Certainly there is danger, after the war, that Virginia, and, perhaps, a sufficient number of the States to form a new constitution, will meet in convention and form a new government.
Gen. Stark, of Mississippi, who fell at Sharpsburg, was an acquaintance of mine.
His daughters were educated with mine at St. Mary's Hall, Burlington, N. J.-and were, indeed, under my care.
The papers this morning contain accounts of the landing of Yankees at White House, York River; and of reinforcements at Williamsburg and Suffolk.
They might attempt to take Richmond, while Lee's army is away; for they know we have no large body of troops here.
A battery passed through the city this morning early, at doublequick, going eastward.
Yesterday Congress passed an act, supplemental and amenda tory to the Conscription Act of last April, authorizing the President to call into the military service all residents between the ages of thirty-five and forty-five.
house, and gave a dinner party.
Marshall did not know Burr was to be one of the guests.
I got these facts from Mr. Foote, whom I met there the other evening.
A letter from Gen. Bragg to the President, indicates but too clearly that the people of Kentucky hesitate to risk the loss of property by joining us. Only one brigade has been recruited so far. The general says 50,000 more men are requisite.
Can he have them?
There are rumors of Abolition gun-boats in the York and James Rivers.
A battery of long range guns was sent down yesterday.
It is said that an army of raw Abolitionists, under Sigel, has marched from Alexandria toward Culpepper County.
If this be so, we shall soon have more fighting, and more running, I hope.
Lee keeps his own counsel--wisely.
Northern papers, received last night, speak of a battle at Perryville, Kentucky, on the 9th instant, in which the Abolitionists lost, by their own confession, 2000 killed and woun
From the dispositions of our troops (few in number) in the vicinity of Richmond, at this moment, it seems to me that Gen. Smith is putting the city to great hazard.
There are not a thousand men to guard the approach from the head of York River; and if a dozen of the enemy's swift transports were to dash up that river, the city could be surprised by 5000 men!
Ten o'clock A. M. No dispatches from Lee have come over the wires to-day.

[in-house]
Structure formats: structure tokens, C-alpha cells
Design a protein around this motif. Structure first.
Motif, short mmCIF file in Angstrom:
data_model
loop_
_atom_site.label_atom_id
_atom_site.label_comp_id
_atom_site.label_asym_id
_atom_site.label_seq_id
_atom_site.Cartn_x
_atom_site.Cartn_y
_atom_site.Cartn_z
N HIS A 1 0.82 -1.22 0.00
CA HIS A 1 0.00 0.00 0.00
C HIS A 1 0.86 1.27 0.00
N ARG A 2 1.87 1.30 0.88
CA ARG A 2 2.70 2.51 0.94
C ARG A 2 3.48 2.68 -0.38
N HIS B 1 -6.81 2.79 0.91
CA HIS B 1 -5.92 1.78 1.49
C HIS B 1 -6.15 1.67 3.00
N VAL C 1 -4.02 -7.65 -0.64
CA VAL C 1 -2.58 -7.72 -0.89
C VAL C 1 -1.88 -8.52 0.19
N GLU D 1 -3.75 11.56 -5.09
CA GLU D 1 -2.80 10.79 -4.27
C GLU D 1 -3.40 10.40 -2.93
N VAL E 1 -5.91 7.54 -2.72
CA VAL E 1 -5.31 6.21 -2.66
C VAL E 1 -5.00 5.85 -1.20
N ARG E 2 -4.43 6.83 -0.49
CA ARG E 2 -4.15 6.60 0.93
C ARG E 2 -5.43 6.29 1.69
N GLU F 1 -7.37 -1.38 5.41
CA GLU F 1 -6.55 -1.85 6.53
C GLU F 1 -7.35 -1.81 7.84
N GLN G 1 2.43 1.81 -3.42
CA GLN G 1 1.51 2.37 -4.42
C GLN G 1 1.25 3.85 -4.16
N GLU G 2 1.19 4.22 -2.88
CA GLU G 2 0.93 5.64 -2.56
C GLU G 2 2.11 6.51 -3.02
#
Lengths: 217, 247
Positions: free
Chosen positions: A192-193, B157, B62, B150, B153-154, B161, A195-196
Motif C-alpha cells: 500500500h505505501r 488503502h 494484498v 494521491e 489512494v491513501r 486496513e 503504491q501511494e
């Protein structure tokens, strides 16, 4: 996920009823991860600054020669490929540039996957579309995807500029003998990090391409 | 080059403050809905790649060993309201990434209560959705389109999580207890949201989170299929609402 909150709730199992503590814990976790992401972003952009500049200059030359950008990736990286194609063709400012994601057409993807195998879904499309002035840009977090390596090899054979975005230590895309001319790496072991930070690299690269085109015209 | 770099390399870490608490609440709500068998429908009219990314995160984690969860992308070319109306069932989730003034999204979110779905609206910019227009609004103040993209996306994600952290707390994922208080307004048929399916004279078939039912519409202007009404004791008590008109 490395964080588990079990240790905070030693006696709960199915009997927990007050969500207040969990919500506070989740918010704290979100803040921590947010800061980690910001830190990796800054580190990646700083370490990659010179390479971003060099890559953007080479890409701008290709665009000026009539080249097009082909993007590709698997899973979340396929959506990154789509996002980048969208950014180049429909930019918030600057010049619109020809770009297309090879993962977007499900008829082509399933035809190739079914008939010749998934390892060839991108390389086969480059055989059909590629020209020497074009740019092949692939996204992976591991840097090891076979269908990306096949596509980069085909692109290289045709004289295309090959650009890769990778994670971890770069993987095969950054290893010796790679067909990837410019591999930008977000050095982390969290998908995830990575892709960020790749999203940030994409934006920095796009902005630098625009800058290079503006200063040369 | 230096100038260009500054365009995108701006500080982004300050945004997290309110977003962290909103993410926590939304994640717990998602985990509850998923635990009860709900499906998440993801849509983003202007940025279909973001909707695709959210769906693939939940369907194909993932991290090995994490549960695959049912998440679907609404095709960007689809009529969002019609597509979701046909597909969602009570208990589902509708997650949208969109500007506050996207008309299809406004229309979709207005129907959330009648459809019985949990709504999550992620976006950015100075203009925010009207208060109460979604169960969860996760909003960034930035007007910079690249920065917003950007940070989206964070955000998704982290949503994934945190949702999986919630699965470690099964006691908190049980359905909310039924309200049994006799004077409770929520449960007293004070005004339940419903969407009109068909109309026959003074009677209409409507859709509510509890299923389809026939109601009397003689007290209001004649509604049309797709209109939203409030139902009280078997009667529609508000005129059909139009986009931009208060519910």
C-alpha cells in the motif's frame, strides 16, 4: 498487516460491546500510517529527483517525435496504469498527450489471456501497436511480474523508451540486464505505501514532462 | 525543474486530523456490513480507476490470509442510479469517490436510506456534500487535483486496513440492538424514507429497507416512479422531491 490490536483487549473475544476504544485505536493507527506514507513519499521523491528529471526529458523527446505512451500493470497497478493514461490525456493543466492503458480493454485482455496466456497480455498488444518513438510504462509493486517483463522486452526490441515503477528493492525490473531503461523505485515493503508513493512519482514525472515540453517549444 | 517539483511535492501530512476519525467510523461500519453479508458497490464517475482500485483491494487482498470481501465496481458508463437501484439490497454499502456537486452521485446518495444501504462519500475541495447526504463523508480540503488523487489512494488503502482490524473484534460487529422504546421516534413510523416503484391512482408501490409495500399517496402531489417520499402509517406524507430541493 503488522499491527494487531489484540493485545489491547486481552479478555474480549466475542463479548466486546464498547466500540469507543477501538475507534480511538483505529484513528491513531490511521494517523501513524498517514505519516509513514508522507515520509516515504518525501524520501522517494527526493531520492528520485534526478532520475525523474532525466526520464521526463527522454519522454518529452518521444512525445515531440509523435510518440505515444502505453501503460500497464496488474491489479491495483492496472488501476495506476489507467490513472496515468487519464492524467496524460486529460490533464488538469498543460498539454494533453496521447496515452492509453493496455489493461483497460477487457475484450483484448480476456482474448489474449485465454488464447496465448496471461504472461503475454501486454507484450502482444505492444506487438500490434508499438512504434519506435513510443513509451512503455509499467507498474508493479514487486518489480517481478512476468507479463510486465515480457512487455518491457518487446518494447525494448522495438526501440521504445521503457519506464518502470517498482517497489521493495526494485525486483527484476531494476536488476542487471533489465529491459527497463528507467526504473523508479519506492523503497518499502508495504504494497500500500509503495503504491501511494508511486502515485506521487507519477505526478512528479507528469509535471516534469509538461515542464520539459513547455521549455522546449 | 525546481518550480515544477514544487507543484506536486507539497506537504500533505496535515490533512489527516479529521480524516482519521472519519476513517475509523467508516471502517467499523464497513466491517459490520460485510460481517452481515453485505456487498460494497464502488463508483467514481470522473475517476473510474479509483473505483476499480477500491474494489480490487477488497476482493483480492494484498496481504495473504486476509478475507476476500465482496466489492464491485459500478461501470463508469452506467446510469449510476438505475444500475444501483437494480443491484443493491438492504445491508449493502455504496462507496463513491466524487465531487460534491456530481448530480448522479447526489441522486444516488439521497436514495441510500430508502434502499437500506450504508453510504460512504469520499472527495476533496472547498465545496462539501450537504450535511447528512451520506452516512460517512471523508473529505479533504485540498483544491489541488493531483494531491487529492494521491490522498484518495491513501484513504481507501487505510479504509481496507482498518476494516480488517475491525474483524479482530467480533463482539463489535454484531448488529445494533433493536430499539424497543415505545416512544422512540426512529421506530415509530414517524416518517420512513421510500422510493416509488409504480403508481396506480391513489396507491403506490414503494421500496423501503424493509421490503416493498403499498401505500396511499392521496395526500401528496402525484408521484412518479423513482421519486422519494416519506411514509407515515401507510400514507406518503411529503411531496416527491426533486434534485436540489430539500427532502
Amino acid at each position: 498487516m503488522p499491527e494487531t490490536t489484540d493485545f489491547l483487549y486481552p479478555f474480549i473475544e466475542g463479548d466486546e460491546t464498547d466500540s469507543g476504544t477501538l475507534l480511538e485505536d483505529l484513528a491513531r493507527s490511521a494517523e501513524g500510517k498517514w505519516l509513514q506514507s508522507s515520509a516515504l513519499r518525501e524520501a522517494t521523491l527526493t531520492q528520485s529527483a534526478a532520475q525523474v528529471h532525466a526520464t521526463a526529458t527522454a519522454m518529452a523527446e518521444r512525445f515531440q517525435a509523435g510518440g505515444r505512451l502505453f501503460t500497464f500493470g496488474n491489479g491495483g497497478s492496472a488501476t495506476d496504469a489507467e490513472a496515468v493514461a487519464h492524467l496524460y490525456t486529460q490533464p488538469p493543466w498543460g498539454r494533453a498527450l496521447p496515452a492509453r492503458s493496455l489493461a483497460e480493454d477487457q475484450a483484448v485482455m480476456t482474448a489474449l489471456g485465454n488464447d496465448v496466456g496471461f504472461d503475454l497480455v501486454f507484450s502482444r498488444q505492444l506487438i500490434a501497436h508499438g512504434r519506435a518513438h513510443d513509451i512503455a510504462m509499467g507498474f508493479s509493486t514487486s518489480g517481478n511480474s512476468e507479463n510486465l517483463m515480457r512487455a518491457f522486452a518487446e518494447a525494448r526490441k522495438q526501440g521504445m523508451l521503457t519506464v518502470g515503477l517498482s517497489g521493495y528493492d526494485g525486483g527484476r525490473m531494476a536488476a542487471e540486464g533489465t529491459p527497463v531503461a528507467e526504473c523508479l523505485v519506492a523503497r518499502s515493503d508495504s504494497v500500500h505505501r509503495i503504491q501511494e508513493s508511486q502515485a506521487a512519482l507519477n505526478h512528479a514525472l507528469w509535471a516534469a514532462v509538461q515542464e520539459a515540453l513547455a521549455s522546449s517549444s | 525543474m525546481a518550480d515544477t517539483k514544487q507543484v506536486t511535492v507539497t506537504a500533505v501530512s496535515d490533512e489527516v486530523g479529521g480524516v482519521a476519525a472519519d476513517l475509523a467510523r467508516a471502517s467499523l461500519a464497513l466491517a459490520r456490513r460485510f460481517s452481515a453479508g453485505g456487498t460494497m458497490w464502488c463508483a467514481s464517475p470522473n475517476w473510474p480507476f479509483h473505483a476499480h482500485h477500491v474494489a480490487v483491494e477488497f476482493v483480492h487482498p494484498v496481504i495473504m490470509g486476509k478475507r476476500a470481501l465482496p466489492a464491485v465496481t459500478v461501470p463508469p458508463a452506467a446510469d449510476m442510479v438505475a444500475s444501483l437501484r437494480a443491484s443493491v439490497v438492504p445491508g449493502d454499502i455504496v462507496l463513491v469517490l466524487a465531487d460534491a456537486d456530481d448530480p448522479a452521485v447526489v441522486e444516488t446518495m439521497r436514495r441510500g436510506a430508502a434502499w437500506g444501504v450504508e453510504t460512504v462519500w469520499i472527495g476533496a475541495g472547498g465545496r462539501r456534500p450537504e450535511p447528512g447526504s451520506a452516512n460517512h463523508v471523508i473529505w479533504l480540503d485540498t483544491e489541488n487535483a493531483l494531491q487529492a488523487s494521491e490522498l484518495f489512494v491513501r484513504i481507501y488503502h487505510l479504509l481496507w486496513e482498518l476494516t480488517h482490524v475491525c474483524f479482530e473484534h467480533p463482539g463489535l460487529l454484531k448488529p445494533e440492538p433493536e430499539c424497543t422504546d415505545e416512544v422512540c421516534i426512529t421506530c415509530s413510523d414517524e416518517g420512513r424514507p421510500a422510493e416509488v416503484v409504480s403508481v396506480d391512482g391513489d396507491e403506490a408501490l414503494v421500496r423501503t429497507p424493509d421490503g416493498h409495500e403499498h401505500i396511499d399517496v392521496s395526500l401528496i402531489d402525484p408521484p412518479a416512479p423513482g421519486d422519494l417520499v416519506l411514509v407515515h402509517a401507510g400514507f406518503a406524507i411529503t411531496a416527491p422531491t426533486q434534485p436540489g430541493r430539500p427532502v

He may have interdicted others.
We got no intel of ammunition and some more regiments were sent to North Carolina.
This is done because Richmond is relieved by the defeat and retreat of Burnside.
But suppose it should not be relieved, and a force should be sent suddenly up the James and York Rivers?
We have not a word from Fredericksburg, and it is probable Burnside's batteries still command the town.
Lee is content and has no idea of crossing the river.
There are two notable rumors in the streets : first, that we have gained a
toration of them to their kind and beneficent owners, to whom they are anxious to return.
Gen. French replies that he will do so very cheerfully, provided the United States authorities will return the slaves they have taken from masters loyal to the Confederate States.
These may amount to 100,000.
And he might have added that on the next day all-4,000,000-were to be emancipated, so far as the authority of the United States could accomplish it.
The enemy's gun-boats (two) came up the York River last week, and destroyed an oyster boat.
Beyond the deprivation of oysters, pigs, and poultry, we care little for these incursions.
The news of the successful defense of Vicksburg is confirmed by an official dispatch, to the effect that the enemy had departed up the Mississippi River.
By the late Northern papers, we find they confess to a loss of 4000 men in the several attacks upon the town!
Our estimate of their loss did not exceed that many hundred.
They lost two ge
But the New York journals say we captured only 1700 prisoners; whereas, up to this time, more than 6000 have arrived in Richmond; 5000 of whom leave to-day, paroled until exchanged.
I doubt whether we lost 2000 prisoners in the battle.
The Philadelphia Press, just received, charges the government at Washington with circulating false reports, and is now convinced Hooker met with a most crushing defeat.
It is rumored the enemy are disembarking troops at the White House, York River.
If this be so, it is to prevent reinforcements being sent to Lee.
The Governor of Alabama declares that Mobile is neglected, and says he will continue to protest against the failure of the government to make adequate preparations for the defense of the city.
I saw Gen. Wise to-day.
He seems weather-beaten, but hardy.
We have been beaten in an engagement near Jackson, Miss., 4000 retiring before 10,000.
This is a dark cloud over the hopes of patriots, for Vicksburg